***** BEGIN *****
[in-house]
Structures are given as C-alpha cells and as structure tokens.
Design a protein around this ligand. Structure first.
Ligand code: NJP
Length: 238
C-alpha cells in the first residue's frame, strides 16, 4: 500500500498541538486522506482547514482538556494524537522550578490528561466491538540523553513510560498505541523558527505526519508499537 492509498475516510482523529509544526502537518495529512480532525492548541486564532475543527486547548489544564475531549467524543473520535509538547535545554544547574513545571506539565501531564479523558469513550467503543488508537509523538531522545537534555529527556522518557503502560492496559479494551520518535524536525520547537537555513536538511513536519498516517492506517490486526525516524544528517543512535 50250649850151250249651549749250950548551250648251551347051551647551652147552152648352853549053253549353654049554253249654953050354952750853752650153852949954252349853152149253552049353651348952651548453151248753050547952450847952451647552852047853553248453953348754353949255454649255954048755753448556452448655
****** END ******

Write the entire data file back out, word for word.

[in-house]
Structures are given as C-alpha cells and as structure tokens.
Design a protein around this ligand. Structure first.
Ligand code: NJP
Length: 238
C-alpha cells in the first residue's frame, strides 16, 4: 500500500498541538486522506482547514482538556494524537522550578490528561466491538540523553513510560498505541523558527505526519508499537 492509498475516510482523529509544526502537518495529512480532525492548541486564532475543527486547548489544564475531549467524543473520535509538547535545554544547574513545571506539565501531564479523558469513550467503543488508537509523538531522545537534555529527556522518557503502560492496559479494551520518535524536525520547537537555513536538511513536519498516517492506517490486526525516524544528517543512535 50250649850151250249651549749250950548551250648251551347051551647551652147552152648352853549053253549353654049554253249654953050354952750853752650153852949954252349853152149253552049353651348952651548453151248753050547952450847952451647552852047853553248453953348754353949255454649255954048755753448556452448655